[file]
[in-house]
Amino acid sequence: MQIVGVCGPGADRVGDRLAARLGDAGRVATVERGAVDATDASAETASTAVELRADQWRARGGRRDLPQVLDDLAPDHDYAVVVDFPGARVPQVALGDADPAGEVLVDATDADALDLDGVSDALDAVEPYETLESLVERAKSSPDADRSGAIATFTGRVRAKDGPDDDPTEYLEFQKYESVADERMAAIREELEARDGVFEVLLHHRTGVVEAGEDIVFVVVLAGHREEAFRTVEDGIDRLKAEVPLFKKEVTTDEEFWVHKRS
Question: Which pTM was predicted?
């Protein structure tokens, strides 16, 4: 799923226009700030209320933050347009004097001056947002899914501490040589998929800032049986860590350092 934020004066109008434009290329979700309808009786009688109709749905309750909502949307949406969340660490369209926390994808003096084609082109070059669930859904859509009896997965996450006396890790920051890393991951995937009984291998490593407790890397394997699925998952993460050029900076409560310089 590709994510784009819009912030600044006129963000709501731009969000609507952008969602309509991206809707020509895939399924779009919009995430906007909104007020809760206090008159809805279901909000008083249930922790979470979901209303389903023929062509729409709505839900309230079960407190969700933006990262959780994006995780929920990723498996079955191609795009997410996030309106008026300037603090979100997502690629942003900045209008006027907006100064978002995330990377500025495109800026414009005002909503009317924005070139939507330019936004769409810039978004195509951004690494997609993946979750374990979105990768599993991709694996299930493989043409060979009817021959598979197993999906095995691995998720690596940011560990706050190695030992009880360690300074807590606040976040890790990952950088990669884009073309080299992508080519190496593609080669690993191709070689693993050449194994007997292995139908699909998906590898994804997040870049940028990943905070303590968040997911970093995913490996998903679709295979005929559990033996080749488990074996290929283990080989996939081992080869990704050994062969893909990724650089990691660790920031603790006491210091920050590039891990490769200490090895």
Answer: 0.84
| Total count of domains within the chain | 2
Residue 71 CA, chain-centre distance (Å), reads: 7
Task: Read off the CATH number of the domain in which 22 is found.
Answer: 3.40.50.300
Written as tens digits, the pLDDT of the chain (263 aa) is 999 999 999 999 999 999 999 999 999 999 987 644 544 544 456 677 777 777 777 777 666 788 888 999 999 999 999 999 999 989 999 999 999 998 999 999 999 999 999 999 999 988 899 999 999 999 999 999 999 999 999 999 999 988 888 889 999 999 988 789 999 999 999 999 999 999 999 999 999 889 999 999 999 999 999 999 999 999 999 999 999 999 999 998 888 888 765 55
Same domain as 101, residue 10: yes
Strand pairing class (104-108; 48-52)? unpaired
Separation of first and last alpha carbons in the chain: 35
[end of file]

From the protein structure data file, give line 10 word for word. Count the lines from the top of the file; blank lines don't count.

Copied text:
Written as tens digits, the pLDDT of the chain (263 aa) is 999 999 999 999 999 999 999 999 999 999 987 644 544 544 456 677 777 777 777 777 666 788 888 999 999 999 999 999 999 989 999 999 999 998 999 999 999 999 999 999 999 988 899 999 999 999 999 999 999 999 999 999 999 988 888 889 999 999 988 789 999 999 999 999 999 999 999 999 999 889 999 999 999 999 999 999 999 999 999 999 999 999 999 998 888 888 765 55